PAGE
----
The Claimant, an equalities officer, brought race and sex discrimination claims against her employer.
During day three of the four-day hearing, once Ms Timbo had concluded her evidence, the employer applied for the claim to be struck out on the grounds that there was no case to answer. The application succeeded. Ms Timbo’s case depended to a large extent on her credibility and the tribunal found her credibility so flawed that her evidence could not be relied on at all.
Ms Timbo appealed and won. The Employment Appeal Tribunal (EAT) held that there was a core of disputed facts which could only be determined by hearing all of the evidence, and not just the Claimant’s.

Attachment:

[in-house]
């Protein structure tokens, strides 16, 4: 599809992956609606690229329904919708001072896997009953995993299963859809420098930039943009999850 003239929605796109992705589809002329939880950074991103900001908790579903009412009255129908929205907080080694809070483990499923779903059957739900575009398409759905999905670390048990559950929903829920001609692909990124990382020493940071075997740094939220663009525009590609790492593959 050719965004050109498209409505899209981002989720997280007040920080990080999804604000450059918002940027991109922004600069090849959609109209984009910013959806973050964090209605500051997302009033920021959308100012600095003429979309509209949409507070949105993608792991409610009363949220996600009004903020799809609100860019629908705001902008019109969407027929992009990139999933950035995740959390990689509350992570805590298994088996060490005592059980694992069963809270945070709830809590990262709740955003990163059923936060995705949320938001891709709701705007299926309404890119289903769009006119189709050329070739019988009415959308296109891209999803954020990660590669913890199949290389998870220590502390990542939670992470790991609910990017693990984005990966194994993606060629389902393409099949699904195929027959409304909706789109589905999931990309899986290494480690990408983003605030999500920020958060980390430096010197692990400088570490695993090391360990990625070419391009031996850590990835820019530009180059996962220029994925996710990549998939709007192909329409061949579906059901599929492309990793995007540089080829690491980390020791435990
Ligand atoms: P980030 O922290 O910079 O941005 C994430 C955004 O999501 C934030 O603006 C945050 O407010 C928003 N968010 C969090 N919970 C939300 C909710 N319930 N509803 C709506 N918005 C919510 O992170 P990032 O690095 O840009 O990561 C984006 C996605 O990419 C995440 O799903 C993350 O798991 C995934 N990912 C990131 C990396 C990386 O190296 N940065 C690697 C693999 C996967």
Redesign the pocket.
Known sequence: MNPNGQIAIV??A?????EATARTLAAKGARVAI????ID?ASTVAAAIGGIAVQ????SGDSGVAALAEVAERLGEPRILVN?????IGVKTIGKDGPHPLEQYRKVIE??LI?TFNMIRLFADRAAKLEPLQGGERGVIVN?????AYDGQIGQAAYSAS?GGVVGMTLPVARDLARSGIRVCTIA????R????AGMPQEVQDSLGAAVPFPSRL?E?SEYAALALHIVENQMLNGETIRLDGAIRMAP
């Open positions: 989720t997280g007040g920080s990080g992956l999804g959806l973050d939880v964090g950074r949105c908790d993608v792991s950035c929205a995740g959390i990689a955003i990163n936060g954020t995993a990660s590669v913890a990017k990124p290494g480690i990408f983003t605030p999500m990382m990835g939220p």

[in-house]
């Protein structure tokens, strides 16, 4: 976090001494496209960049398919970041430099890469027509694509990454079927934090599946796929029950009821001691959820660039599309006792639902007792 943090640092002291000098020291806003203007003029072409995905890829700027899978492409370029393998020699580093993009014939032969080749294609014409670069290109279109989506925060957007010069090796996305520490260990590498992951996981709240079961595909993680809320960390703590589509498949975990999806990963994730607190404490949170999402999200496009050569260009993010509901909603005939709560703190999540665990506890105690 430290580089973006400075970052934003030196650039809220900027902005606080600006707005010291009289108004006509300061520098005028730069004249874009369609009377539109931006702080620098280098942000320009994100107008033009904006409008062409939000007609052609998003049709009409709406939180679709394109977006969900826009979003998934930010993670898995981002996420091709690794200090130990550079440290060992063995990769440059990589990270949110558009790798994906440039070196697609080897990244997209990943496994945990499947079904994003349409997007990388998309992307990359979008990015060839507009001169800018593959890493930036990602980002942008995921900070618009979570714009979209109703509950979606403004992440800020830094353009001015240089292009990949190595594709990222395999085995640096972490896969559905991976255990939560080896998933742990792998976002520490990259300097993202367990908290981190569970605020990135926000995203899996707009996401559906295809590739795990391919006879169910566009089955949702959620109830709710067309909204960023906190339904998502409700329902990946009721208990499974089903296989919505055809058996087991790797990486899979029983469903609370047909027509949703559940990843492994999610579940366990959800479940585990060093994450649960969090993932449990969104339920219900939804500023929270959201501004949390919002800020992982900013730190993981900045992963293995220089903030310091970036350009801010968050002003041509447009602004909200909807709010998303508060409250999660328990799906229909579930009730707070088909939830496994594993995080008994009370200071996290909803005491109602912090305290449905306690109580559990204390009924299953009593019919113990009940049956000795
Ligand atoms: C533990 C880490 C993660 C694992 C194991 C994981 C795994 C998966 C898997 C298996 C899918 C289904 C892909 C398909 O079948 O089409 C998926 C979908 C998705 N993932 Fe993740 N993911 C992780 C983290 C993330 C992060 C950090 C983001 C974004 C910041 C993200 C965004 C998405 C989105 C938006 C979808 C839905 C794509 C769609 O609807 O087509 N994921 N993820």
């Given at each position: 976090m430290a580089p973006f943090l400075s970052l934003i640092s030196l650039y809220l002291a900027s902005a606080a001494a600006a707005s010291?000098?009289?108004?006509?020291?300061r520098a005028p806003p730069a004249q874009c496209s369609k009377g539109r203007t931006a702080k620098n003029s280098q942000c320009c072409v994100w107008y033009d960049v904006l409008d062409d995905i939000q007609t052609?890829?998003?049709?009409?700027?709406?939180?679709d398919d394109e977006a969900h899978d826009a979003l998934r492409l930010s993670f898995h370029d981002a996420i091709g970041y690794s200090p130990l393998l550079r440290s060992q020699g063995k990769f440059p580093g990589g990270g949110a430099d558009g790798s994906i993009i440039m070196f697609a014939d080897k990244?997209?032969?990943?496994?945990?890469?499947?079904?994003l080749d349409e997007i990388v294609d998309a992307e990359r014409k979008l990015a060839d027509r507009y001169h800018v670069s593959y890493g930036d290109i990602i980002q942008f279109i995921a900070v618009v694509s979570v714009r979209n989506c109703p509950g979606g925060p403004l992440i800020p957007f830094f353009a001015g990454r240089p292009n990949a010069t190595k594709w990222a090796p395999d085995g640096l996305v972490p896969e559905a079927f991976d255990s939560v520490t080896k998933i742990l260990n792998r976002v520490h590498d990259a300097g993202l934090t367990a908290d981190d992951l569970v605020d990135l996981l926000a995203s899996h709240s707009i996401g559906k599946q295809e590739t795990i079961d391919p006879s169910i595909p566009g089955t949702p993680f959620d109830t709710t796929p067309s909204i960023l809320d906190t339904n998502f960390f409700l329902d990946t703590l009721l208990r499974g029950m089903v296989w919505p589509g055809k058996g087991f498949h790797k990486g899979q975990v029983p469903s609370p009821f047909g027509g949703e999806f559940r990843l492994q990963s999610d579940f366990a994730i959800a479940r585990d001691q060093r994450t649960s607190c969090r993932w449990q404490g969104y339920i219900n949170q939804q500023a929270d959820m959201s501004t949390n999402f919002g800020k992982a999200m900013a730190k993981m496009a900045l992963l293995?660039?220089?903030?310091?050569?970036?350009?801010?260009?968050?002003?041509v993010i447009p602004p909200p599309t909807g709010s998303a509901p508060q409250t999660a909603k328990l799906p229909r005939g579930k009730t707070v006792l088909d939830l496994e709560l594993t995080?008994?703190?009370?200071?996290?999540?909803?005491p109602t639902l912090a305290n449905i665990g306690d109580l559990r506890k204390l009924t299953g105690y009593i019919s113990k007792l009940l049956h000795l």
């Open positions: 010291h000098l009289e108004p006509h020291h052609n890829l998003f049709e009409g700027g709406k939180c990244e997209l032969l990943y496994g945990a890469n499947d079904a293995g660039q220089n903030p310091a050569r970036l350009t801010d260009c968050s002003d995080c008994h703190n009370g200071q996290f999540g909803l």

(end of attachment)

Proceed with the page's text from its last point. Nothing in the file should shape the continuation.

It is one thing, the EAT said, to take a ‘half-time’ view that one side’s evidence is unsatisfactory and is unlikely to be accepted unless there is evidence to the contrary. It’s another thing to conclude that a witness’evidence must inevitably be rejected completely even if there is no evidence to contradict it.
The tribunal should have heard the case in full and determined the outcome in the light of all of the evidence.
George Green LLP Solicitors